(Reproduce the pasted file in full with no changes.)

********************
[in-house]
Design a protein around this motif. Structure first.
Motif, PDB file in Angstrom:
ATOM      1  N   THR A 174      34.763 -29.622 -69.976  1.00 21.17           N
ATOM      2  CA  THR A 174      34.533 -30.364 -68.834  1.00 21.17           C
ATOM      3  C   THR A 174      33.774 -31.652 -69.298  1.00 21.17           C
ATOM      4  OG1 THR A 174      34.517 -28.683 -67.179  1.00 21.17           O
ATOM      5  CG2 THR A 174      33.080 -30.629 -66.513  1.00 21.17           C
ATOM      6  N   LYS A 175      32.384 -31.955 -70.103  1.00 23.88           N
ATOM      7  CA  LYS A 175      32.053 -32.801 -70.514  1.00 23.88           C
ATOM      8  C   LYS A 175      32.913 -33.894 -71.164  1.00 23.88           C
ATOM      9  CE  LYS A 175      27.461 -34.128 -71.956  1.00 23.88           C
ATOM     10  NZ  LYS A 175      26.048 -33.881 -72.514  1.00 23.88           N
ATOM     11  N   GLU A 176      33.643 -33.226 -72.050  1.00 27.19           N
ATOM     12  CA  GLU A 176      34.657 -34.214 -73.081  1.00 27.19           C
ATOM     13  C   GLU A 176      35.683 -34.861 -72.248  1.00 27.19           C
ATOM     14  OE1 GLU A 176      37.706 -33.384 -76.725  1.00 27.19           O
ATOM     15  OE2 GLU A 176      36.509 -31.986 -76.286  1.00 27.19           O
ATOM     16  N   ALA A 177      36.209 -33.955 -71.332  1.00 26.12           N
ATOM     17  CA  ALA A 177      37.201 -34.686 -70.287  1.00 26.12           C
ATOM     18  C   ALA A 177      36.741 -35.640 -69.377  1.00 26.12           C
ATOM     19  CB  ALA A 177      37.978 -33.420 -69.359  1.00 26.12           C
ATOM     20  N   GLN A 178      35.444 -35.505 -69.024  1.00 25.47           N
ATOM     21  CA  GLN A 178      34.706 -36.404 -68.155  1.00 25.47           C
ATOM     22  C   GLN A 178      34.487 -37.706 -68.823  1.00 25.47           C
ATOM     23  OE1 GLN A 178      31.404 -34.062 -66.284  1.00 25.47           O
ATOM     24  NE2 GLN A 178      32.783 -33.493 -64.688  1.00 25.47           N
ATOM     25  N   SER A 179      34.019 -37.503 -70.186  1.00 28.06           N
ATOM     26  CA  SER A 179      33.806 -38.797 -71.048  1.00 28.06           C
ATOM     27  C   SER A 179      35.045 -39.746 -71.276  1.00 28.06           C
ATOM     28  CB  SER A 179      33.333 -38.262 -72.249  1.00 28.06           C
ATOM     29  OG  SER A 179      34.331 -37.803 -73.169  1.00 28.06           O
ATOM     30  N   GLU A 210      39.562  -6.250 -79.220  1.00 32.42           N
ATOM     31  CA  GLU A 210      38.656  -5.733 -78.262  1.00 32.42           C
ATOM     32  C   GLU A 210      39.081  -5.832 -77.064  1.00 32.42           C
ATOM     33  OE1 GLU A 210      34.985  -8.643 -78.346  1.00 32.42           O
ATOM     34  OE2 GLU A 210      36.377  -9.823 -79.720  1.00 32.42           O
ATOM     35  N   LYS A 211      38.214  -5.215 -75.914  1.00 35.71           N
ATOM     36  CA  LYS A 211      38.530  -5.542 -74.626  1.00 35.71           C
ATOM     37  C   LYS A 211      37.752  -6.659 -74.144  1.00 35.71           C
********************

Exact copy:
[in-house]
Design a protein around this motif. Structure first.
Motif, PDB file in Angstrom:
ATOM      1  N   THR A 174      34.763 -29.622 -69.976  1.00 21.17           N
ATOM      2  CA  THR A 174      34.533 -30.364 -68.834  1.00 21.17           C
ATOM      3  C   THR A 174      33.774 -31.652 -69.298  1.00 21.17           C
ATOM      4  OG1 THR A 174      34.517 -28.683 -67.179  1.00 21.17           O
ATOM      5  CG2 THR A 174      33.080 -30.629 -66.513  1.00 21.17           C
ATOM      6  N   LYS A 175      32.384 -31.955 -70.103  1.00 23.88           N
ATOM      7  CA  LYS A 175      32.053 -32.801 -70.514  1.00 23.88           C
ATOM      8  C   LYS A 175      32.913 -33.894 -71.164  1.00 23.88           C
ATOM      9  CE  LYS A 175      27.461 -34.128 -71.956  1.00 23.88           C
ATOM     10  NZ  LYS A 175      26.048 -33.881 -72.514  1.00 23.88           N
ATOM     11  N   GLU A 176      33.643 -33.226 -72.050  1.00 27.19           N
ATOM     12  CA  GLU A 176      34.657 -34.214 -73.081  1.00 27.19           C
ATOM     13  C   GLU A 176      35.683 -34.861 -72.248  1.00 27.19           C
ATOM     14  OE1 GLU A 176      37.706 -33.384 -76.725  1.00 27.19           O
ATOM     15  OE2 GLU A 176      36.509 -31.986 -76.286  1.00 27.19           O
ATOM     16  N   ALA A 177      36.209 -33.955 -71.332  1.00 26.12           N
ATOM     17  CA  ALA A 177      37.201 -34.686 -70.287  1.00 26.12           C
ATOM     18  C   ALA A 177      36.741 -35.640 -69.377  1.00 26.12           C
ATOM     19  CB  ALA A 177      37.978 -33.420 -69.359  1.00 26.12           C
ATOM     20  N   GLN A 178      35.444 -35.505 -69.024  1.00 25.47           N
ATOM     21  CA  GLN A 178      34.706 -36.404 -68.155  1.00 25.47           C
ATOM     22  C   GLN A 178      34.487 -37.706 -68.823  1.00 25.47           C
ATOM     23  OE1 GLN A 178      31.404 -34.062 -66.284  1.00 25.47           O
ATOM     24  NE2 GLN A 178      32.783 -33.493 -64.688  1.00 25.47           N
ATOM     25  N   SER A 179      34.019 -37.503 -70.186  1.00 28.06           N
ATOM     26  CA  SER A 179      33.806 -38.797 -71.048  1.00 28.06           C
ATOM     27  C   SER A 179      35.045 -39.746 -71.276  1.00 28.06           C
ATOM     28  CB  SER A 179      33.333 -38.262 -72.249  1.00 28.06           C
ATOM     29  OG  SER A 179      34.331 -37.803 -73.169  1.00 28.06           O
ATOM     30  N   GLU A 210      39.562  -6.250 -79.220  1.00 32.42           N
ATOM     31  CA  GLU A 210      38.656  -5.733 -78.262  1.00 32.42           C
ATOM     32  C   GLU A 210      39.081  -5.832 -77.064  1.00 32.42           C
ATOM     33  OE1 GLU A 210      34.985  -8.643 -78.346  1.00 32.42           O
ATOM     34  OE2 GLU A 210      36.377  -9.823 -79.720  1.00 32.42           O
ATOM     35  N   LYS A 211      38.214  -5.215 -75.914  1.00 35.71           N
ATOM     36  CA  LYS A 211      38.530  -5.542 -74.626  1.00 35.71           C
ATOM     37  C   LYS A 211      37.752  -6.659 -74.144  1.00 35.71           C